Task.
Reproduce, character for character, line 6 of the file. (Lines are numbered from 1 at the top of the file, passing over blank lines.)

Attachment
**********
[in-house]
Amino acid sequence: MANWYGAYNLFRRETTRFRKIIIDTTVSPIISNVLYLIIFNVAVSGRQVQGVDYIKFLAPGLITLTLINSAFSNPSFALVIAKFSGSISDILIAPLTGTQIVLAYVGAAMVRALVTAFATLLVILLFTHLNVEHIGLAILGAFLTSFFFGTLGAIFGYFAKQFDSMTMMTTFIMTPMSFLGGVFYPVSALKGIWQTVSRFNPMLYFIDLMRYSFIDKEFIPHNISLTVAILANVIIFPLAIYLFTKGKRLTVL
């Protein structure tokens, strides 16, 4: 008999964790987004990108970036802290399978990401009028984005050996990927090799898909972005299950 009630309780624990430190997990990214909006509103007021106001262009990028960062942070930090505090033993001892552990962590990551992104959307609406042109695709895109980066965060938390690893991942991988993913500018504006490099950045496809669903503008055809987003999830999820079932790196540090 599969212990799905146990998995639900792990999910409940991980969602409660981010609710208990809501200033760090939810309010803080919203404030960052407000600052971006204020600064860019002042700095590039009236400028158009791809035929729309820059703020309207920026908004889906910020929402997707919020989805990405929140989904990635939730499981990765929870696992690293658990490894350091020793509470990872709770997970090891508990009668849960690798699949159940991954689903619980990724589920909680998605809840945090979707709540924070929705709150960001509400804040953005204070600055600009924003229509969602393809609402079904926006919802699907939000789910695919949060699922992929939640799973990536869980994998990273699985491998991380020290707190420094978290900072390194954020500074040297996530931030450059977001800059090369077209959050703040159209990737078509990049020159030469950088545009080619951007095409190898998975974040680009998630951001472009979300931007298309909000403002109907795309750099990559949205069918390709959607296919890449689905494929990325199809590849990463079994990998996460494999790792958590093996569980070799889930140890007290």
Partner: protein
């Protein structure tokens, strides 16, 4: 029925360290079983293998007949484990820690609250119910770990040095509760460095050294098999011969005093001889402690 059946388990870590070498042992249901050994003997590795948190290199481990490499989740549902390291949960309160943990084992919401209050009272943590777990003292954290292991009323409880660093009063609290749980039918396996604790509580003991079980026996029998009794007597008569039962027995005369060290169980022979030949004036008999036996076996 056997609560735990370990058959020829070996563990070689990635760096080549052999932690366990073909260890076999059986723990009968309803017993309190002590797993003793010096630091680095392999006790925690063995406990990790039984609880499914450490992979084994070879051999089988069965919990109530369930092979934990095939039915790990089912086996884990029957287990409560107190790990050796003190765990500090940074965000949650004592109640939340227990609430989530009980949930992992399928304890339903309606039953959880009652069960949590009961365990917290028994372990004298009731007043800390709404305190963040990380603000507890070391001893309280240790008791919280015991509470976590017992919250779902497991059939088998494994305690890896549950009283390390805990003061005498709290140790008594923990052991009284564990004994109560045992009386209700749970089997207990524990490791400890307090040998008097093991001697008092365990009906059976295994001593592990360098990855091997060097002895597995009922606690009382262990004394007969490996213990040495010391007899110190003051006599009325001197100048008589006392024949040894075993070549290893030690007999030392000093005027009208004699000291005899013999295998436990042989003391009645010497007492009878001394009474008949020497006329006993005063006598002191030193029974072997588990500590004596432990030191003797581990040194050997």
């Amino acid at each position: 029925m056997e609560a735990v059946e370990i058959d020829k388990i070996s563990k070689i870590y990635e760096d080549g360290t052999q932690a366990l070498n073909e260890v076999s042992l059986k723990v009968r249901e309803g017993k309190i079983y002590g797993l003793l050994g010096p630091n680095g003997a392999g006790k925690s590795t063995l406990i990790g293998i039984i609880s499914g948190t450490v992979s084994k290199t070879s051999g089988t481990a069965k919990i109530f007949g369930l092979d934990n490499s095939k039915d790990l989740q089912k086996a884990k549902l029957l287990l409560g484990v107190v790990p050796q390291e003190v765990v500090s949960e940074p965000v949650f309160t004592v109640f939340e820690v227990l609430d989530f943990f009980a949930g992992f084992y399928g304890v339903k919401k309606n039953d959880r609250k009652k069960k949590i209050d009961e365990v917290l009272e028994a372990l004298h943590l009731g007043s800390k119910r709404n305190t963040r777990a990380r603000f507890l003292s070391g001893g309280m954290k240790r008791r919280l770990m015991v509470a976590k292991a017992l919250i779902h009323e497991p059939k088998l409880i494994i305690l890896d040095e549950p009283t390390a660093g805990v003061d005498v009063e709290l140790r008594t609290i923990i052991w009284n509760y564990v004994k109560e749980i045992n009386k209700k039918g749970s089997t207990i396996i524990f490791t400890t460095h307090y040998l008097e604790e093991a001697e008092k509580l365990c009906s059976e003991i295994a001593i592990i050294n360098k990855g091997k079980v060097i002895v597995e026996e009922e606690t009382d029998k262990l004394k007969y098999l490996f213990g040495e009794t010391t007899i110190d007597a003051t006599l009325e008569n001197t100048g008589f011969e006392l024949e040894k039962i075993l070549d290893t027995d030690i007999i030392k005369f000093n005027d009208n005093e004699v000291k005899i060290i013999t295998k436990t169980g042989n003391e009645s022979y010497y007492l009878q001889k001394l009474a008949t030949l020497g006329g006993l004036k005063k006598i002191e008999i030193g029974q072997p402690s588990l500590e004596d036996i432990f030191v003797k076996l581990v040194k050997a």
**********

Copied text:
């Amino acid at each position: 029925m056997e609560a735990v059946e370990i058959d020829k388990i070996s563990k070689i870590y990635e760096d080549g360290t052999q932690a366990l070498n073909e260890v076999s042992l059986k723990v009968r249901e309803g017993k309190i079983y002590g797993l003793l050994g010096p630091n680095g003997a392999g006790k925690s590795t063995l406990i990790g293998i039984i609880s499914g948190t450490v992979s084994k290199t070879s051999g089988t481990a069965k919990i109530f007949g369930l092979d934990n490499s095939k039915d790990l989740q089912k086996a884990k549902l029957l287990l409560g484990v107190v790990p050796q390291e003190v765990v500090s949960e940074p965000v949650f309160t004592v109640f939340e820690v227990l609430d989530f943990f009980a949930g992992f084992y399928g304890v339903k919401k309606n039953d959880r609250k009652k069960k949590i209050d009961e365990v917290l009272e028994a372990l004298h943590l009731g007043s800390k119910r709404n305190t963040r777990a990380r603000f507890l003292s070391g001893g309280m954290k240790r008791r919280l770990m015991v509470a976590k292991a017992l919250i779902h009323e497991p059939k088998l409880i494994i305690l890896d040095e549950p009283t390390a660093g805990v003061d005498v009063e709290l140790r008594t609290i923990i052991w009284n509760y564990v004994k109560e749980i045992n009386k209700k039918g749970s089997t207990i396996i524990f490791t400890t460095h307090y040998l008097e604790e093991a001697e008092k509580l365990c009906s059976e003991i295994a001593i592990i050294n360098k990855g091997k079980v060097i002895v597995e026996e009922e606690t009382d029998k262990l004394k007969y098999l490996f213990g040495e009794t010391t007899i110190d007597a003051t006599l009325e008569n001197t100048g008589f011969e006392l024949e040894k039962i075993l070549d290893t027995d030690i007999i030392k005369f000093n005027d009208n005093e004699v000291k005899i060290i013999t295998k436990t169980g042989n003391e009645s022979y010497y007492l009878q001889k001394l009474a008949t030949l020497g006329g006993l004036k005063k006598i002191e008999i030193g029974q072997p402690s588990l500590e004596d036996i432990f030191v003797k076996l581990v040194k050997a």